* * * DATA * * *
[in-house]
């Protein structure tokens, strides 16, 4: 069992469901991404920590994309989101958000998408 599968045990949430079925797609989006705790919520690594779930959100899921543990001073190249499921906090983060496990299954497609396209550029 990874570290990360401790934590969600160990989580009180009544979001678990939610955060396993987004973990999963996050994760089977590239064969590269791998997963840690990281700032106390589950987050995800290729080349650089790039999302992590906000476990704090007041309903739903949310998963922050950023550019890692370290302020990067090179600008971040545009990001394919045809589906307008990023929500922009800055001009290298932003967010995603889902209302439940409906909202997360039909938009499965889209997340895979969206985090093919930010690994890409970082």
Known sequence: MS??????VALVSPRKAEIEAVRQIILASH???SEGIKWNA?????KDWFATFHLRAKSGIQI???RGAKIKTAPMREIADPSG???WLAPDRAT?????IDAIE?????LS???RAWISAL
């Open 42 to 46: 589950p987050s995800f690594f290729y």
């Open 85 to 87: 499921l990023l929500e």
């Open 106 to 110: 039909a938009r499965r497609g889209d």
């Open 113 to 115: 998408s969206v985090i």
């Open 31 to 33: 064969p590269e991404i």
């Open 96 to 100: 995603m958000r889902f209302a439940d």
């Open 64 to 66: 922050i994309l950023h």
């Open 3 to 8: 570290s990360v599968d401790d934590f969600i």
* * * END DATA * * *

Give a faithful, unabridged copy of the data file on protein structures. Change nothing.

[in-house]
């Protein structure tokens, strides 16, 4: 069992469901991404920590994309989101958000998408 599968045990949430079925797609989006705790919520690594779930959100899921543990001073190249499921906090983060496990299954497609396209550029 990874570290990360401790934590969600160990989580009180009544979001678990939610955060396993987004973990999963996050994760089977590239064969590269791998997963840690990281700032106390589950987050995800290729080349650089790039999302992590906000476990704090007041309903739903949310998963922050950023550019890692370290302020990067090179600008971040545009990001394919045809589906307008990023929500922009800055001009290298932003967010995603889902209302439940409906909202997360039909938009499965889209997340895979969206985090093919930010690994890409970082």
Known sequence: MS??????VALVSPRKAEIEAVRQIILASH???SEGIKWNA?????KDWFATFHLRAKSGIQI???RGAKIKTAPMREIADPSG???WLAPDRAT?????IDAIE?????LS???RAWISAL
């Open 42 to 46: 589950p987050s995800f690594f290729y």
């Open 85 to 87: 499921l990023l929500e």
């Open 106 to 110: 039909a938009r499965r497609g889209d």
């Open 113 to 115: 998408s969206v985090i």
């Open 31 to 33: 064969p590269e991404i």
């Open 96 to 100: 995603m958000r889902f209302a439940d």
């Open 64 to 66: 922050i994309l950023h």
């Open 3 to 8: 570290s990360v599968d401790d934590f969600i």